Investigating cattle incidents
This operational guidance provides the background to the investigation of accidents and incidents involving cattle, reminds staff of the information to be collected and how the investigation should be recorded.
Every year a number of those working with livestock eg farm workers, auction mart staff and veterinary staff, are killed or injured by cattle whilst undertaking livestock activities. In addition there are members of the public killed or injured each year whilst walking in fields containing cattle, often with a dog. These accidents cause serious public concern, including concerns raised by MPs, and this guidance is produced to ensure consistency in the type of information collected as a result of investigating these incidents so conclusions may be drawn about any potential underlying causes. In addition HSE is consulted by other government departments regarding this issue and the information given to them must be useful, reliable and accurate. For these reasons it is important that the Vulnerable Workers, Agriculture, Waste & Recycling Unit is made aware of any investigations of incidents, not just fatal incidents.
Visiting staff and concerns teams should collect as much of the information detailed in this OG as possible in order to facilitate consistent decision making. The information should be recorded directly on COIN or in an attached investigation report.
On average 4 or 5 workers and members of the public are killed in accidents involving cattle each year. The numbers of injuries reported from this type of incident are unreliable due to under reporting in the agriculture and associated industries but are likely to be significant.
Those accidents which involve farm staff and ancillary professions involve workers who should be trained, competent and familiar with the risks involved with working with cattle. Accidents often occur due to a breakdown of agreed safe systems of work or the use of inadequate or poorly maintained equipment. Other factors, such as the age of the victim, may be significant.
Other fatal accidents involving cattle involve members of the public present in fields, often with a dog. The Wildlife and Countryside Act 1981 refers to seven recognised breeds of dairy bulls which are prohibited from being present in fields with footpaths, with bulls of other breeds being allowed in fields with footpaths only if accompanied by cows and/or heifers. HSE guidance further requires an assessment of the risks of other cattle being present in fields with public access considering temperament, health and the presence of significant maternal instinct.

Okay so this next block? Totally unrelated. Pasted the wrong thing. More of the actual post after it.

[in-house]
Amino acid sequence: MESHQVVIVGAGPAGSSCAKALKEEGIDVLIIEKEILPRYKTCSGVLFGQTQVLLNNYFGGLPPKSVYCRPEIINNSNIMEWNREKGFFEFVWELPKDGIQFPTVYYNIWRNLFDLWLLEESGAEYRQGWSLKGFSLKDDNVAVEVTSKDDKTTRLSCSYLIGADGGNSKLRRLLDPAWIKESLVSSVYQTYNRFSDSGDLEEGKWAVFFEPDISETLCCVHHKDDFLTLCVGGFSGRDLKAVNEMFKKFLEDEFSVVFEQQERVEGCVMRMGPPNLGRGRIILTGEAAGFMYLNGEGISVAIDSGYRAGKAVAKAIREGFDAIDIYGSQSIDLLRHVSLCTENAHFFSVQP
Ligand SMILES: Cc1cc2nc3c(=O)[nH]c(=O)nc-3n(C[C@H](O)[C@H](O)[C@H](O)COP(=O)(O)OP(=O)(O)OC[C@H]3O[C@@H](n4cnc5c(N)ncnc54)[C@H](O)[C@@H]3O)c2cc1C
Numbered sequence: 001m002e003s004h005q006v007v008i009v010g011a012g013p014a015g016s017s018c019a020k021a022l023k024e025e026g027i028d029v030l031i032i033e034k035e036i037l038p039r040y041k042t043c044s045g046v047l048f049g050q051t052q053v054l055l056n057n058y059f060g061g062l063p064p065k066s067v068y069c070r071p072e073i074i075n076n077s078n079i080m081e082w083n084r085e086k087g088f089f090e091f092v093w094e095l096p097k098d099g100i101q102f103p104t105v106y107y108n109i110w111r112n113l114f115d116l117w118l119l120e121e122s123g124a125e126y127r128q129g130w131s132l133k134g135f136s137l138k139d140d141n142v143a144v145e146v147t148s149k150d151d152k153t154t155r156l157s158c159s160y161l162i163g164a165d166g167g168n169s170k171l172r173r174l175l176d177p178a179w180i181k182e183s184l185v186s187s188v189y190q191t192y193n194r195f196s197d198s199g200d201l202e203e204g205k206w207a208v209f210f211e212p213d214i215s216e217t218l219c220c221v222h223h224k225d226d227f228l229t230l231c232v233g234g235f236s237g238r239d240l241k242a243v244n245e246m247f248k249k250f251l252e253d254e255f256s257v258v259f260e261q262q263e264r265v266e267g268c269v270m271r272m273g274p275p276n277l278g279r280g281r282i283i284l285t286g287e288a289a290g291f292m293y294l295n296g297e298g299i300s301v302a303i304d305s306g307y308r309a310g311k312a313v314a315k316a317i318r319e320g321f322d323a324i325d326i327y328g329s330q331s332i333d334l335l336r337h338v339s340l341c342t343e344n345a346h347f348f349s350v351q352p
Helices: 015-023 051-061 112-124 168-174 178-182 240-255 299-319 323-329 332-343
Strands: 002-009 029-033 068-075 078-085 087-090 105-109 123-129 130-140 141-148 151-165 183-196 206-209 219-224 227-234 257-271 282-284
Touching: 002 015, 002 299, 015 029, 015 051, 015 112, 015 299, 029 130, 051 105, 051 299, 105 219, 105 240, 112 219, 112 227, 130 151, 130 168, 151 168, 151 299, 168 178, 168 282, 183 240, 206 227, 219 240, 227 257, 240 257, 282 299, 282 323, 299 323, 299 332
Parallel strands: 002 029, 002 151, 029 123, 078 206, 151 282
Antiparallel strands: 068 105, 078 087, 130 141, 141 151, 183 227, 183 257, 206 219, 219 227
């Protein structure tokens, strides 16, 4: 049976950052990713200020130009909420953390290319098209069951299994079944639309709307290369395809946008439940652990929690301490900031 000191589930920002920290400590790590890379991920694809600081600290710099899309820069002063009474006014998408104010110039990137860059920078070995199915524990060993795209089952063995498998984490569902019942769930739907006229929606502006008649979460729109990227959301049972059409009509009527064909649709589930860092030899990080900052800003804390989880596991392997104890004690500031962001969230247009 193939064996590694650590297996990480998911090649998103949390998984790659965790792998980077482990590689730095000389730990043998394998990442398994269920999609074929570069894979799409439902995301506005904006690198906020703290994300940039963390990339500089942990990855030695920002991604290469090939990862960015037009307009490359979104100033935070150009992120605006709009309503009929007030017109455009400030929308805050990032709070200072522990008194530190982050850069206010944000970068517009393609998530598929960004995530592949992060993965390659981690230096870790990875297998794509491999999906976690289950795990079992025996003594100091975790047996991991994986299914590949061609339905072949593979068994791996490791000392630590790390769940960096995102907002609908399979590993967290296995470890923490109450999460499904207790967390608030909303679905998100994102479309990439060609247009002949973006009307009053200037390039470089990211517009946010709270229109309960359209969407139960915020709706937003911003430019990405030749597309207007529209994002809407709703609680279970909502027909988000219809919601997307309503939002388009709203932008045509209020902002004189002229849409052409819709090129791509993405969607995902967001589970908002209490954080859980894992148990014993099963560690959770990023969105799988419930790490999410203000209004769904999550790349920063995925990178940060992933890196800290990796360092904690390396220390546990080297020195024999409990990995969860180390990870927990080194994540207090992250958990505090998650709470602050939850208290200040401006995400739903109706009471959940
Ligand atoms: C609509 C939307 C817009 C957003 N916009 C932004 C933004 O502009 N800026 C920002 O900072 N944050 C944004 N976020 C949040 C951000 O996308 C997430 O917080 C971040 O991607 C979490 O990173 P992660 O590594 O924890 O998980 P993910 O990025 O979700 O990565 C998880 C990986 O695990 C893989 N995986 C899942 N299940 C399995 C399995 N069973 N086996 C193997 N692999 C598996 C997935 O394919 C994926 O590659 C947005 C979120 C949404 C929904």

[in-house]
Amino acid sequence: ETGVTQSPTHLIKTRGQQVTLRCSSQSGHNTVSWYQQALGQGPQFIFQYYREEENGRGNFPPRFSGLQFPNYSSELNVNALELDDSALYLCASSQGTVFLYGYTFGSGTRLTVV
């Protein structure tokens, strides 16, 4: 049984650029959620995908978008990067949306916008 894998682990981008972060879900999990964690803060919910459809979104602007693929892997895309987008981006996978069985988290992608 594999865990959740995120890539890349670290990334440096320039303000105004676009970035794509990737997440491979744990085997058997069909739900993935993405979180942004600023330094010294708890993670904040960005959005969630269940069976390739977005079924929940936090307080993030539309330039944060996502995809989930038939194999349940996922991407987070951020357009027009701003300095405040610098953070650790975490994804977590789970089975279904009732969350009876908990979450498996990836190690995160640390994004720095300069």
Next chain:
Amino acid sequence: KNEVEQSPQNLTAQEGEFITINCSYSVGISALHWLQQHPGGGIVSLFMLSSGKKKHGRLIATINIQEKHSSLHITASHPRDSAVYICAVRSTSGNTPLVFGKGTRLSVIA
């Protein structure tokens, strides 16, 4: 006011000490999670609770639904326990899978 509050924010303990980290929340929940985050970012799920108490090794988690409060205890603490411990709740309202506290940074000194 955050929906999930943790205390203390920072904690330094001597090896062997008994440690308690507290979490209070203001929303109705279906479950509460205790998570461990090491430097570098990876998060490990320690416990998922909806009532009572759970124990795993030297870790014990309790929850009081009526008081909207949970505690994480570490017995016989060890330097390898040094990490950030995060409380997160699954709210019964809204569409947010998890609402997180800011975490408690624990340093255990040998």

In order to assess the findings of investigations against existing legal provisions and guidance any investigation into an accident involving cattle must therefore include the following information:
- The identity of the dutyholder
- The ownership of the field and the cattle involved
- The breed of the cattle involved in the incident
- Whether the animal or herd are classified as dairy or beef cattle
- The age of the livestock
- The type of livestock ie bulls, cows, heifers, bullocks,
- If cows are with or without calves and the age of the calves
- Whether the individual animal or herd were previously known to be aggressive
- Where an individual animal was involved as much information as possible to identify it.
- Details of those injured including their age and general health
If the accident occurred in an area of public access the investigation should detail
- Whether a right of way was involved
- How many there were in the group or did the incident involve an individual
- Whether the those involved were accompanied by a dog
- If the dog was on a lead and what happened to the dog during the incident
- Details of any signage present
- Whether the person was trespassing
If the accident involved farm staff investigate
- Where the accident occurred
- Details of the cattle handling facilities
- If TB testing or other veterinary procedures were taking place
- If routine staff or contractors/helpers were being used
- Whether the accident involved a planned, routine or impromptu task
- If an assessment of risk or work instructions had been agreed between staff
Recording and reporting
The information recorded on COIN will be used to evaluate the potential underlying causes of these incidents and in establishing if any trends exist. Inspectors and visiting staff investigating cattle related accidents should record 'cattle', 'cow' or 'bull' in the COIN case summary field and the rest of the detail in the investigation report.
Where the Concerns & Advisory Team collect information this should be recorded in the same way. Incidents involving cattle should be referred to the appropriate B2 including as much of the information listed in paragraph 8 as possible.
Health and safety
Agricultural workplaces can include access to areas of significant risk.
- Do not enter farm buildings unless you are accompanied by a responsible person familiar with the site specific risks.
- All livestock are potentially hazardous and you should not generally enter pens. Only approach livestock if absolutely necessary and if someone familiar with the animals accompanies you.
See the industry site specific section of 'Your health & safety - Agriculture for further details.
- Cattle and public access in England and Wales; Advice for farmers, landowners and other livestock keepers
Agriculture Information Sheet No 17 EW (rev1)
- Cattle and public access in Scotland; Advice for farmers, landowners and other livestock keepers
Agriculture Information Sheet No 17 S (rev1)
- Handling and housing cattle
Agriculture Information Sheet No 35 (Revision 1)
- Wildlife and Countryside Act 1981 Section 59